Spending by Hamiltonians living on social assistance pumps back hundreds of millions of dollars into the city and provincial economies, a report by local researchers says.

Dr. Atif Kubursi, a professor at McMaster University and economist for Econometric Research Limited, is speaking to city councillors Monday about the findings published in The Economic Impact of Social Assistance in Hamilton report.

Commissioners who were appointed by the province to review social assistance, Frances Lankin and Munir Sheikh, are also in Hamilton Monday for public input on the programs.

“People tend to think of social assistance (as) a social burden and many people tend to focus on abuses of the system,” Kubursi said Saturday. “What they really should see is that these people are really victims of a market economy and that when we take care of them, we are also taking care of ourselves and that whatever assistance we give them seems to also create jobs.”

Kubursi and Hamilton Community Legal Clinic staff lawyer Craig Foye looked at the city’s community services data on local OW (Ontario Works) and ODSP (Ontario Disability Support Program) adult beneficiaries. They found OW benefits were about $123.6 million and ODSP benefits were about $244.1 million in 2009.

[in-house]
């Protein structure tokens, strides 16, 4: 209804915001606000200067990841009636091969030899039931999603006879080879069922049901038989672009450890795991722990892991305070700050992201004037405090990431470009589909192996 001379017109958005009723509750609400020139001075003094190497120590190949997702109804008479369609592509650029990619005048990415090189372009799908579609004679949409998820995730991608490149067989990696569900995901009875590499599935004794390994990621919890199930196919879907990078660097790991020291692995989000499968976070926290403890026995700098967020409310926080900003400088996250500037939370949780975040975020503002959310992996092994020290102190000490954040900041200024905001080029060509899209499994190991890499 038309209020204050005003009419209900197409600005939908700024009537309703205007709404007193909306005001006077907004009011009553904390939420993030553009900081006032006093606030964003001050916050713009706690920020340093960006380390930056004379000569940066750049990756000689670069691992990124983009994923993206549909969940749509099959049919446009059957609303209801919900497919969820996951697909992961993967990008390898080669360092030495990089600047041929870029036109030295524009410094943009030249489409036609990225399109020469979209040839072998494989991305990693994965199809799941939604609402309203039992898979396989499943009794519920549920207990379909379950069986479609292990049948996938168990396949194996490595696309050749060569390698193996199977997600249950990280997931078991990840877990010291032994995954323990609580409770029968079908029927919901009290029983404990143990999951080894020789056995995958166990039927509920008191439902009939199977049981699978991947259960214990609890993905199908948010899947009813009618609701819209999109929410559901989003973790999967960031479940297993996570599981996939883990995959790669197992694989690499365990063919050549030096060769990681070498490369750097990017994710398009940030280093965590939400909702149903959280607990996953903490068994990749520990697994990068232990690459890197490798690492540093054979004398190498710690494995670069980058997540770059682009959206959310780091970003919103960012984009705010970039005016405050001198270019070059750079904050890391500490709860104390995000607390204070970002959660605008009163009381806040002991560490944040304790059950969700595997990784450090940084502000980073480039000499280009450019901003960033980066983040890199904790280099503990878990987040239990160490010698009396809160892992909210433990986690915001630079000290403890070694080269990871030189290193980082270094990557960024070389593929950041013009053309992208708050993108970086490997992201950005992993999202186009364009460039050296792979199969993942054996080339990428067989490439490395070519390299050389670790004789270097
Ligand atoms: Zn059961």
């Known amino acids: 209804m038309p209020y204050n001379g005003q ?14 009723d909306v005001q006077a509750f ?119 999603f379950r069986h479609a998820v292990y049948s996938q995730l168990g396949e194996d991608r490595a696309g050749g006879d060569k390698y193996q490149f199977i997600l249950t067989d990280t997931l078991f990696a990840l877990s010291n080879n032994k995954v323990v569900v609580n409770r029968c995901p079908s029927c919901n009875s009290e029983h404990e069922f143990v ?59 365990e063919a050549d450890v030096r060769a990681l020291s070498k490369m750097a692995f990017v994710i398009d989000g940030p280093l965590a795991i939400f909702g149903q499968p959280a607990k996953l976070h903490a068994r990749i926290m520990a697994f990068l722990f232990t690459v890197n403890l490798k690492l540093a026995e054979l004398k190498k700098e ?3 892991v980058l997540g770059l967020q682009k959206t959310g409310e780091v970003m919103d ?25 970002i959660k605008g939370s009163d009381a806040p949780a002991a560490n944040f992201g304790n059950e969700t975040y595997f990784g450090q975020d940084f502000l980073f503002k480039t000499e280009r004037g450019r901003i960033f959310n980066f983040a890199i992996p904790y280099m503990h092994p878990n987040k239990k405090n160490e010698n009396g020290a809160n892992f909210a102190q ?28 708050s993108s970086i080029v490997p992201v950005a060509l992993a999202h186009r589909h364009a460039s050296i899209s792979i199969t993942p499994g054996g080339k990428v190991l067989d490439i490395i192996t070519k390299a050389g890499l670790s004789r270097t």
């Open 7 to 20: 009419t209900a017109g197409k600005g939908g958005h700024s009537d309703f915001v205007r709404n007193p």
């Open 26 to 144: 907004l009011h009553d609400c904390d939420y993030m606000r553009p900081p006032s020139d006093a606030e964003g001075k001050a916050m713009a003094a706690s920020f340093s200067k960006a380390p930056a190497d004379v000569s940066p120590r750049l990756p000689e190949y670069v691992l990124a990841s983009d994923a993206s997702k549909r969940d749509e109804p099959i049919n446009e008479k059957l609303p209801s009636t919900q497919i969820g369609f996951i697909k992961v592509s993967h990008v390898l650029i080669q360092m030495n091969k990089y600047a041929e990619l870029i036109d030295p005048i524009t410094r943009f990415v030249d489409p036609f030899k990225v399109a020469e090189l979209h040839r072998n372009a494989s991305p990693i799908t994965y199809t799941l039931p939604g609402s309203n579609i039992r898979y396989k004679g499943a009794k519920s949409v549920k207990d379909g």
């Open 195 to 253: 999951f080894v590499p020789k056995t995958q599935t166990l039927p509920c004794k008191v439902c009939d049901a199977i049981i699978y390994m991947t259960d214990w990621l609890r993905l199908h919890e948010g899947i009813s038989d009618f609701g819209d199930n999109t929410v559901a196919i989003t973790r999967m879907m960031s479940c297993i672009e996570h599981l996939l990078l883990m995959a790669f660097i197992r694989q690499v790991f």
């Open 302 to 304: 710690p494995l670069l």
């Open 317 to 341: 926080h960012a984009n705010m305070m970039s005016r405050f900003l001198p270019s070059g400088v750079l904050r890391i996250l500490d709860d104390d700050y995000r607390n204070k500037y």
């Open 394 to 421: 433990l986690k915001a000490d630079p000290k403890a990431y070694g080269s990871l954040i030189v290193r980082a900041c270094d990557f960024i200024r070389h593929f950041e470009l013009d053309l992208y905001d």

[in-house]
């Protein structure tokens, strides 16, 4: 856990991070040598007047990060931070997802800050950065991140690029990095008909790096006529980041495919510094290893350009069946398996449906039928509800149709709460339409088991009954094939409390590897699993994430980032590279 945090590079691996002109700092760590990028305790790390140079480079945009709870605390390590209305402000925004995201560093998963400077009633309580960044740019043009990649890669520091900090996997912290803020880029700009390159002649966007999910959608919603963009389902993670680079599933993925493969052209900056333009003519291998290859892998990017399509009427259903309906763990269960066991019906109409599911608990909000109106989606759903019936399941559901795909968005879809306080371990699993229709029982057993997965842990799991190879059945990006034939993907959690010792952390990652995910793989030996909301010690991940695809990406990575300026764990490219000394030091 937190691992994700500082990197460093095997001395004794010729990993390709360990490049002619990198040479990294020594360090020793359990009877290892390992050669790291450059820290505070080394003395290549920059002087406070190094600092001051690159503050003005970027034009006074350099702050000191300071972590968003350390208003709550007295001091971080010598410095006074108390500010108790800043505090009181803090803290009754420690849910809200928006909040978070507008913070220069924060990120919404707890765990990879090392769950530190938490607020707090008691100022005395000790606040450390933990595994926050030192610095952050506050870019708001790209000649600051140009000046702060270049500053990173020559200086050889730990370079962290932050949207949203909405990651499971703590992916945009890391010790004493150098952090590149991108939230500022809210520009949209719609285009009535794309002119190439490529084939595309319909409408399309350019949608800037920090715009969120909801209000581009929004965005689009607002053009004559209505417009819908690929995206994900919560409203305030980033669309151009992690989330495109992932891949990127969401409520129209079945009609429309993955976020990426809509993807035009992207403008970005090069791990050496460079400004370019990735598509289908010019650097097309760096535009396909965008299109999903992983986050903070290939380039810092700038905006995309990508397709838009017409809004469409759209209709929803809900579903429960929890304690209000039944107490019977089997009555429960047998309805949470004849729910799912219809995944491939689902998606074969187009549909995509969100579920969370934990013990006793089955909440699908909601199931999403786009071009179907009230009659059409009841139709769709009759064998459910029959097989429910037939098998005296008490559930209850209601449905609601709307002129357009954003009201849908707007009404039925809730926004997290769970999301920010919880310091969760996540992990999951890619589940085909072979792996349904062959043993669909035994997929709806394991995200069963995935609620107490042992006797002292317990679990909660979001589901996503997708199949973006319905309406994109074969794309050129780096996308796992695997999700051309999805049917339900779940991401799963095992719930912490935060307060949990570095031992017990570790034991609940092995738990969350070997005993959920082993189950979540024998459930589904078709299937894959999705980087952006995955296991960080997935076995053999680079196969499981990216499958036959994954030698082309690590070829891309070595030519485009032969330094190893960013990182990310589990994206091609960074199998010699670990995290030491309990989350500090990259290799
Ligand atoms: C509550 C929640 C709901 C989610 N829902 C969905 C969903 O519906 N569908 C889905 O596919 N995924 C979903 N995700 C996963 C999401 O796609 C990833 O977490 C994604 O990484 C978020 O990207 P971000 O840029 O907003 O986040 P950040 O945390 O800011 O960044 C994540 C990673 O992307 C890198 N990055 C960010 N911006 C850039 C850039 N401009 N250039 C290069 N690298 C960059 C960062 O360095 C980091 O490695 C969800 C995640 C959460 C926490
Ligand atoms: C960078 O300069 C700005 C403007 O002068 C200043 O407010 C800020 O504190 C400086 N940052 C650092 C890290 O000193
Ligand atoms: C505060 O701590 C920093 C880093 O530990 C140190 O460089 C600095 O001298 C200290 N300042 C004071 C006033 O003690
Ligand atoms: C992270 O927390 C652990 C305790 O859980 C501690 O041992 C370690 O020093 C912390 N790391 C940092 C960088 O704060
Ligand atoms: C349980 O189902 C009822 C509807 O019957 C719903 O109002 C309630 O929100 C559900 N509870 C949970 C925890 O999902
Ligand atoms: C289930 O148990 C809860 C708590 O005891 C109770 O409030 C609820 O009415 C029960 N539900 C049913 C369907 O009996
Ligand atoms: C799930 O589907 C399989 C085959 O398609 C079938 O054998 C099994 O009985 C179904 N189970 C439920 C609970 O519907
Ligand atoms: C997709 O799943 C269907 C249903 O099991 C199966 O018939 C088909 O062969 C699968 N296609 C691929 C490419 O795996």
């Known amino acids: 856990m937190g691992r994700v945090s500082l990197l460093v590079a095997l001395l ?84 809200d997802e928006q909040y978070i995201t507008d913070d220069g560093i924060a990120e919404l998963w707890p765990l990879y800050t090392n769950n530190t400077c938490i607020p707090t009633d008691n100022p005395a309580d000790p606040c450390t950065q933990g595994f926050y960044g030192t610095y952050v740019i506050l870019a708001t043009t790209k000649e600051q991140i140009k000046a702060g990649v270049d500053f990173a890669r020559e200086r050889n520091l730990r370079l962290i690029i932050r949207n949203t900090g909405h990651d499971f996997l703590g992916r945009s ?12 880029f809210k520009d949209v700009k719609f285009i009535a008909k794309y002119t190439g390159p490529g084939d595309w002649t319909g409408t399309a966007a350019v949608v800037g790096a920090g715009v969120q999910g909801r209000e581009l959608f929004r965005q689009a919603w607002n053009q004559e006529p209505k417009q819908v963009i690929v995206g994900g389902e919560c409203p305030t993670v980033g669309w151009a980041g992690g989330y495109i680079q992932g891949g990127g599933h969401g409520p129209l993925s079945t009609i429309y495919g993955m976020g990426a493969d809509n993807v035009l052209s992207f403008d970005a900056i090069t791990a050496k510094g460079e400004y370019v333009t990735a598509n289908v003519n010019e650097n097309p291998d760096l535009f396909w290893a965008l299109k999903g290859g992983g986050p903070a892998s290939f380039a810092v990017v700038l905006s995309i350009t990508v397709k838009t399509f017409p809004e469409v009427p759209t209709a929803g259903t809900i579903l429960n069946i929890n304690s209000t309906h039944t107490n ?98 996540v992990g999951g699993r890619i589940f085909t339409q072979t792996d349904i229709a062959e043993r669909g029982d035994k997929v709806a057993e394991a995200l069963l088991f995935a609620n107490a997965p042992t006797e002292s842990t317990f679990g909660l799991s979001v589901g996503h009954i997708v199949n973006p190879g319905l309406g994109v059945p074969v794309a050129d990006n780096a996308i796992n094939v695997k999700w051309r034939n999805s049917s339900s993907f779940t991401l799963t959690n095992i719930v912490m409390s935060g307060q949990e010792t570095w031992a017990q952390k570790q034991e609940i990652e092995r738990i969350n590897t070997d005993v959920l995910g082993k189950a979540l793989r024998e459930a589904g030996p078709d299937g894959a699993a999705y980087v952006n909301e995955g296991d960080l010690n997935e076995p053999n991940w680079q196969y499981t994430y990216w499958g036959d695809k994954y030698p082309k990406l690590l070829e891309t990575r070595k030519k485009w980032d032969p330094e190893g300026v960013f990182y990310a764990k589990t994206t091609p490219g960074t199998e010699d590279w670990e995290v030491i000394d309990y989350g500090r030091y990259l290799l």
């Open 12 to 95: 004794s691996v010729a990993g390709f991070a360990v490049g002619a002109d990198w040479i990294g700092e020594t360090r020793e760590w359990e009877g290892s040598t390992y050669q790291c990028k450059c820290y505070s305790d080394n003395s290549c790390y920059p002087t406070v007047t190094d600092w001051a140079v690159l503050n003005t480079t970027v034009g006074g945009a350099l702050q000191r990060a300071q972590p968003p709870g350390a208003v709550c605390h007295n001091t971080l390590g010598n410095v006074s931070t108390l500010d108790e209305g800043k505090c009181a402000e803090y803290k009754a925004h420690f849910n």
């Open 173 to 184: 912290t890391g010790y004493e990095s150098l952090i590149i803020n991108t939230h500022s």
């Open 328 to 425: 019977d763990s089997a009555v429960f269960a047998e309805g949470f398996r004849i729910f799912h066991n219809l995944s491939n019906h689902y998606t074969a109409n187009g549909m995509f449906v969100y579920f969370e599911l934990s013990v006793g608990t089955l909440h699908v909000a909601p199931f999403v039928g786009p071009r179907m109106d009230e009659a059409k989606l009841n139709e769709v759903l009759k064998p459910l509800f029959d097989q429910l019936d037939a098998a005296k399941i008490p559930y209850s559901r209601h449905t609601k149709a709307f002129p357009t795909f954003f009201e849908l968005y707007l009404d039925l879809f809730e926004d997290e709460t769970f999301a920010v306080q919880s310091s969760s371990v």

The report indicates the $368 million received by beneficiaries in Hamilton generated about $440 million in economic activity across the province — $296 million of which remained in Hamilton.

The expenditures also led to 5,441 full-time equivalent jobs in the province. More than 3,383 of these positions were in the city, according to the findings. Foye noted these employment opportunities are “spinoff” jobs — not jobs in social assistance administration.

The economic impact of this spending is determined based on multipliers, or how the initial expenditure resonates in the economy, he said.

“Because most people on social assistance are receiving below subsistence levels of income, any money that you’re giving them is being spent, really, 100 per cent; none of it’s being saved in the vast majority of cases and it’s being spent locally,” he said.

The report, which was submitted by Econometric Research Limited, also pegs the total cost of OW and ODSP programs at about $368 million. The net cost, however, is around $223 million after factoring in tax collected by all three levels of government.

The report not only challenges the notion of social assistance as being a burden — it emphasizes societies are assessed by how well they take care of their most vulnerable groups, Kubursi said.

“If these people are not getting social assistance, there will be social dysfunctions that will come.”

 

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